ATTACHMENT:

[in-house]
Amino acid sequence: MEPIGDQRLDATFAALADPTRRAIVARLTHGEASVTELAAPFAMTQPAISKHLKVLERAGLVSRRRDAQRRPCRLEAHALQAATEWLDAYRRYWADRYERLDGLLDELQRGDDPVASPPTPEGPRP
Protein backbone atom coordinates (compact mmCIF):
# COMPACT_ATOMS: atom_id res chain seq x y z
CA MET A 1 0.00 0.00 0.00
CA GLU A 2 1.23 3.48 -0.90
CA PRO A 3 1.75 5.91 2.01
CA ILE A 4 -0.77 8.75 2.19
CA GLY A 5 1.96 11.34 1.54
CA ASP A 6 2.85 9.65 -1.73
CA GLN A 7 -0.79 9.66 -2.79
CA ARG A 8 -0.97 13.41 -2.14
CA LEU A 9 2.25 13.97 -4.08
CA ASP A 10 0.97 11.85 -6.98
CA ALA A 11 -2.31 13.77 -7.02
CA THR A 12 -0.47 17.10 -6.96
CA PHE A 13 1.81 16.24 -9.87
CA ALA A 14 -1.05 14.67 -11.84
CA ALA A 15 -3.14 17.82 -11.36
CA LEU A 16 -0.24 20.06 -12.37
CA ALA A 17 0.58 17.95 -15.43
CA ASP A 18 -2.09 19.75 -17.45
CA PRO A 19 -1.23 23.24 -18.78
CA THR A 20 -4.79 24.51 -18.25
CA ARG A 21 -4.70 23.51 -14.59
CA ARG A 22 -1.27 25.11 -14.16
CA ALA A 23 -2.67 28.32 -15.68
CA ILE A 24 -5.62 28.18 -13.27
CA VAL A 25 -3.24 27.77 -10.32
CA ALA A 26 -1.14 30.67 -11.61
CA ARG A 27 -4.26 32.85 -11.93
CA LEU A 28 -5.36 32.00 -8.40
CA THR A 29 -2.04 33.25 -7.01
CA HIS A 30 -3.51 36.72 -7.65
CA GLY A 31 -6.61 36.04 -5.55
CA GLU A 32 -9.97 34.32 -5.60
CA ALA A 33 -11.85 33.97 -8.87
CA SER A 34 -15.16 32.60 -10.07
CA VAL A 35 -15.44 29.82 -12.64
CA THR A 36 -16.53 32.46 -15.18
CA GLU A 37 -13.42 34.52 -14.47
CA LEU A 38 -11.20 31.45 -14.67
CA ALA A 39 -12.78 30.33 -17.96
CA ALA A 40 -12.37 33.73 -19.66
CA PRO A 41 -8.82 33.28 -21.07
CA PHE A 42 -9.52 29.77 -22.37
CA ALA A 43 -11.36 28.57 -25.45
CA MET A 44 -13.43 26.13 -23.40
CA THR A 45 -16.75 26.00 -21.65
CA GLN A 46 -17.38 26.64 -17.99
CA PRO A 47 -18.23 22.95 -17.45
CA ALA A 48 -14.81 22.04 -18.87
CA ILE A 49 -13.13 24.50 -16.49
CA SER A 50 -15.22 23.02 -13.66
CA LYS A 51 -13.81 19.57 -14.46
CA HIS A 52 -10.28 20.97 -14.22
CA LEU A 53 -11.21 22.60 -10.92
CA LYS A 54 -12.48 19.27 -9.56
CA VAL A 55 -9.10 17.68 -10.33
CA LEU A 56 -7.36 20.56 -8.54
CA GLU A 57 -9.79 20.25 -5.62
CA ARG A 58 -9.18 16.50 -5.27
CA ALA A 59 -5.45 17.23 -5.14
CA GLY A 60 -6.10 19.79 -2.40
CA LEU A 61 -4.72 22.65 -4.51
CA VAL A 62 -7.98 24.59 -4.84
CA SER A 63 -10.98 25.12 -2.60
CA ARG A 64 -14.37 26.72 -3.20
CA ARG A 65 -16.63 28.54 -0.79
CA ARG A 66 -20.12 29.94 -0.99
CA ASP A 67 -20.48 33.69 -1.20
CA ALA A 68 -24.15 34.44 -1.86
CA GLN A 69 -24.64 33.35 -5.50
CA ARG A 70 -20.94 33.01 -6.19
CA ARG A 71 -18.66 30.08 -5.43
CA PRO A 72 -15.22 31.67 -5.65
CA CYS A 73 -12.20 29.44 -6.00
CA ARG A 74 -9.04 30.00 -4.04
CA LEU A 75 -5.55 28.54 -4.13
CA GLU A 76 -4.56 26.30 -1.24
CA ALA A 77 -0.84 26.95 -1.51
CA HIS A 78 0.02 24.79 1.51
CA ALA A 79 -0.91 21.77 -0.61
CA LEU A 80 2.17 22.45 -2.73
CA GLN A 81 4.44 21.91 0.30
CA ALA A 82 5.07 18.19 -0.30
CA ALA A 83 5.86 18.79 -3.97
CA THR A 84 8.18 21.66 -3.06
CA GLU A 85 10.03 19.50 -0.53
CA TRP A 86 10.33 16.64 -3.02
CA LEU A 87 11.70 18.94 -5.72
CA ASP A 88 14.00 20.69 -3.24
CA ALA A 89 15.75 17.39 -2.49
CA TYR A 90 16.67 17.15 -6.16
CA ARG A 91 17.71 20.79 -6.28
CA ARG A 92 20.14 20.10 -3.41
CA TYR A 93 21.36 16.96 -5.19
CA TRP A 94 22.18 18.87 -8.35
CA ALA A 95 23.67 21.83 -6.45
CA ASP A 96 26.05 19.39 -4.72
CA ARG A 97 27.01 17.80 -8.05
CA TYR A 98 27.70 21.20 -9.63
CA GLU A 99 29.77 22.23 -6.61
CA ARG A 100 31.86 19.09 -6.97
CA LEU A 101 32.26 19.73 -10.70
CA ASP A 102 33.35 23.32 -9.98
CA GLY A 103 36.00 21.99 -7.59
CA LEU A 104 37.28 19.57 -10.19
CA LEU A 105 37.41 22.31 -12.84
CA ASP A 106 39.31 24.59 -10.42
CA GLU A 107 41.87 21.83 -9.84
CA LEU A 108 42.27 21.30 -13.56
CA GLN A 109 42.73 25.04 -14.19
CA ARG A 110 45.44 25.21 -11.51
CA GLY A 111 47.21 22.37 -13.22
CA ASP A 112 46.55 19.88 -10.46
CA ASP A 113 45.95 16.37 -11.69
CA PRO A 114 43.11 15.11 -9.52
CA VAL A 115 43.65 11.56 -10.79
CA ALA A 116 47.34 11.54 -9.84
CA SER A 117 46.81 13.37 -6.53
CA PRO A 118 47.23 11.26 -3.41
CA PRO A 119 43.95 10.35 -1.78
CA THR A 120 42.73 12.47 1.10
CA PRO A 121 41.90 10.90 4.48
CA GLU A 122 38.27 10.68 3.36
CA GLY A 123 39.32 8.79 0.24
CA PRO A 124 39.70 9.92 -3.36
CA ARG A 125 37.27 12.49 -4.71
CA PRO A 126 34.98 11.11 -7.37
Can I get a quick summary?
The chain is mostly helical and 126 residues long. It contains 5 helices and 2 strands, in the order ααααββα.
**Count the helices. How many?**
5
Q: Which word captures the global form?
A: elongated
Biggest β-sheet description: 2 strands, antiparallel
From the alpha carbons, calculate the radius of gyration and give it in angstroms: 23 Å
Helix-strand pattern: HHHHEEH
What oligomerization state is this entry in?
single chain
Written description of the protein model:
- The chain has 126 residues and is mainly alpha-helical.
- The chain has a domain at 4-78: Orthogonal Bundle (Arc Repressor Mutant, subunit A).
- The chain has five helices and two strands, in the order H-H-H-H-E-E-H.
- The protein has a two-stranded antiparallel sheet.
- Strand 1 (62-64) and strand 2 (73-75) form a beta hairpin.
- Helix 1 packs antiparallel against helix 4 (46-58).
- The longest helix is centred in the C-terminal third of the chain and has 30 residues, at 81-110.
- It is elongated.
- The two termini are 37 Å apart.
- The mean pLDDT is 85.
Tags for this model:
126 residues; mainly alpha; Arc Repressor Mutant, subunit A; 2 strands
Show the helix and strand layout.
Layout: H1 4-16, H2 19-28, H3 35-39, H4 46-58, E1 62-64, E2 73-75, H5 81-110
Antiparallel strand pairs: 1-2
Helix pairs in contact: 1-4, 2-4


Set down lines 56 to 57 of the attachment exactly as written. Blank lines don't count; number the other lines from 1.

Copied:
CA HIS A 52 -10.28 20.97 -14.22
CA LEU A 53 -11.21 22.60 -10.92